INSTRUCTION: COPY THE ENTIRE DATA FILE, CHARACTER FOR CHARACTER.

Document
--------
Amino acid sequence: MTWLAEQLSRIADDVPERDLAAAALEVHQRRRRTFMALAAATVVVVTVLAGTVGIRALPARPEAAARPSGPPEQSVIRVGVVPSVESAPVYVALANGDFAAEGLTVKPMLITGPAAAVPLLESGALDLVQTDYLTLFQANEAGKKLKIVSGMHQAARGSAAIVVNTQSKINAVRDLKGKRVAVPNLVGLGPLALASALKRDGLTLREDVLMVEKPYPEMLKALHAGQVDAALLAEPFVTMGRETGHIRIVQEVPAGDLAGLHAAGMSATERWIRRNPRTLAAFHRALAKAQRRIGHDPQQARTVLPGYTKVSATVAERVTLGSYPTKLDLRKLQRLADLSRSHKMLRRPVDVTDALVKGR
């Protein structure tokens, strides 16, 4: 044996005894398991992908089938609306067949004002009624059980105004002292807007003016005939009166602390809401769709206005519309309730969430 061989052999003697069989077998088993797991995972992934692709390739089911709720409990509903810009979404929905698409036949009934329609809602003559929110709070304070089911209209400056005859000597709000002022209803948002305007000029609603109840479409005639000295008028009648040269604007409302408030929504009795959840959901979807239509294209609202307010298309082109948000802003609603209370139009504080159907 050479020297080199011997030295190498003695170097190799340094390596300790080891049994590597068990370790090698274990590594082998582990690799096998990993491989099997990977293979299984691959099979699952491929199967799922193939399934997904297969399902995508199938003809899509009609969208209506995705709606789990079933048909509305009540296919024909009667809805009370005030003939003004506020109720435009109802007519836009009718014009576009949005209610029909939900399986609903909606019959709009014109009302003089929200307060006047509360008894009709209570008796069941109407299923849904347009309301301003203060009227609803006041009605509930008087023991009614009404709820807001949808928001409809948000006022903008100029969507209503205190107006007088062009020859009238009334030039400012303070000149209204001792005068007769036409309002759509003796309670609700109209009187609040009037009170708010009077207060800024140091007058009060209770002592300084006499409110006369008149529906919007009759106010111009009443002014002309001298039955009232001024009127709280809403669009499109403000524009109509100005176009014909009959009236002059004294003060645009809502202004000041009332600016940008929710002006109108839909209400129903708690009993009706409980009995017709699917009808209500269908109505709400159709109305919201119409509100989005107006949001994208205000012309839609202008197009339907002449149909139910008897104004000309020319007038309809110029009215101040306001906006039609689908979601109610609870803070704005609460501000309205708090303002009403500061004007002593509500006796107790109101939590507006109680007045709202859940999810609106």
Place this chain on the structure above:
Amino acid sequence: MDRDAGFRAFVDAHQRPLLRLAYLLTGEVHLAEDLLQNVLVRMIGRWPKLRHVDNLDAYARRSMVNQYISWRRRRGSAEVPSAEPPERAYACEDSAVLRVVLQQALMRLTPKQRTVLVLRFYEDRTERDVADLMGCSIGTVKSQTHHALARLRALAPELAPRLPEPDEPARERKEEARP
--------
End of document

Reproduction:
Amino acid sequence: MTWLAEQLSRIADDVPERDLAAAALEVHQRRRRTFMALAAATVVVVTVLAGTVGIRALPARPEAAARPSGPPEQSVIRVGVVPSVESAPVYVALANGDFAAEGLTVKPMLITGPAAAVPLLESGALDLVQTDYLTLFQANEAGKKLKIVSGMHQAARGSAAIVVNTQSKINAVRDLKGKRVAVPNLVGLGPLALASALKRDGLTLREDVLMVEKPYPEMLKALHAGQVDAALLAEPFVTMGRETGHIRIVQEVPAGDLAGLHAAGMSATERWIRRNPRTLAAFHRALAKAQRRIGHDPQQARTVLPGYTKVSATVAERVTLGSYPTKLDLRKLQRLADLSRSHKMLRRPVDVTDALVKGR
């Protein structure tokens, strides 16, 4: 044996005894398991992908089938609306067949004002009624059980105004002292807007003016005939009166602390809401769709206005519309309730969430 061989052999003697069989077998088993797991995972992934692709390739089911709720409990509903810009979404929905698409036949009934329609809602003559929110709070304070089911209209400056005859000597709000002022209803948002305007000029609603109840479409005639000295008028009648040269604007409302408030929504009795959840959901979807239509294209609202307010298309082109948000802003609603209370139009504080159907 050479020297080199011997030295190498003695170097190799340094390596300790080891049994590597068990370790090698274990590594082998582990690799096998990993491989099997990977293979299984691959099979699952491929199967799922193939399934997904297969399902995508199938003809899509009609969208209506995705709606789990079933048909509305009540296919024909009667809805009370005030003939003004506020109720435009109802007519836009009718014009576009949005209610029909939900399986609903909606019959709009014109009302003089929200307060006047509360008894009709209570008796069941109407299923849904347009309301301003203060009227609803006041009605509930008087023991009614009404709820807001949808928001409809948000006022903008100029969507209503205190107006007088062009020859009238009334030039400012303070000149209204001792005068007769036409309002759509003796309670609700109209009187609040009037009170708010009077207060800024140091007058009060209770002592300084006499409110006369008149529906919007009759106010111009009443002014002309001298039955009232001024009127709280809403669009499109403000524009109509100005176009014909009959009236002059004294003060645009809502202004000041009332600016940008929710002006109108839909209400129903708690009993009706409980009995017709699917009808209500269908109505709400159709109305919201119409509100989005107006949001994208205000012309839609202008197009339907002449149909139910008897104004000309020319007038309809110029009215101040306001906006039609689908979601109610609870803070704005609460501000309205708090303002009403500061004007002593509500006796107790109101939590507006109680007045709202859940999810609106």
Place this chain on the structure above:
Amino acid sequence: MDRDAGFRAFVDAHQRPLLRLAYLLTGEVHLAEDLLQNVLVRMIGRWPKLRHVDNLDAYARRSMVNQYISWRRRRGSAEVPSAEPPERAYACEDSAVLRVVLQQALMRLTPKQRTVLVLRFYEDRTERDVADLMGCSIGTVKSQTHHALARLRALAPELAPRLPEPDEPARERKEEARP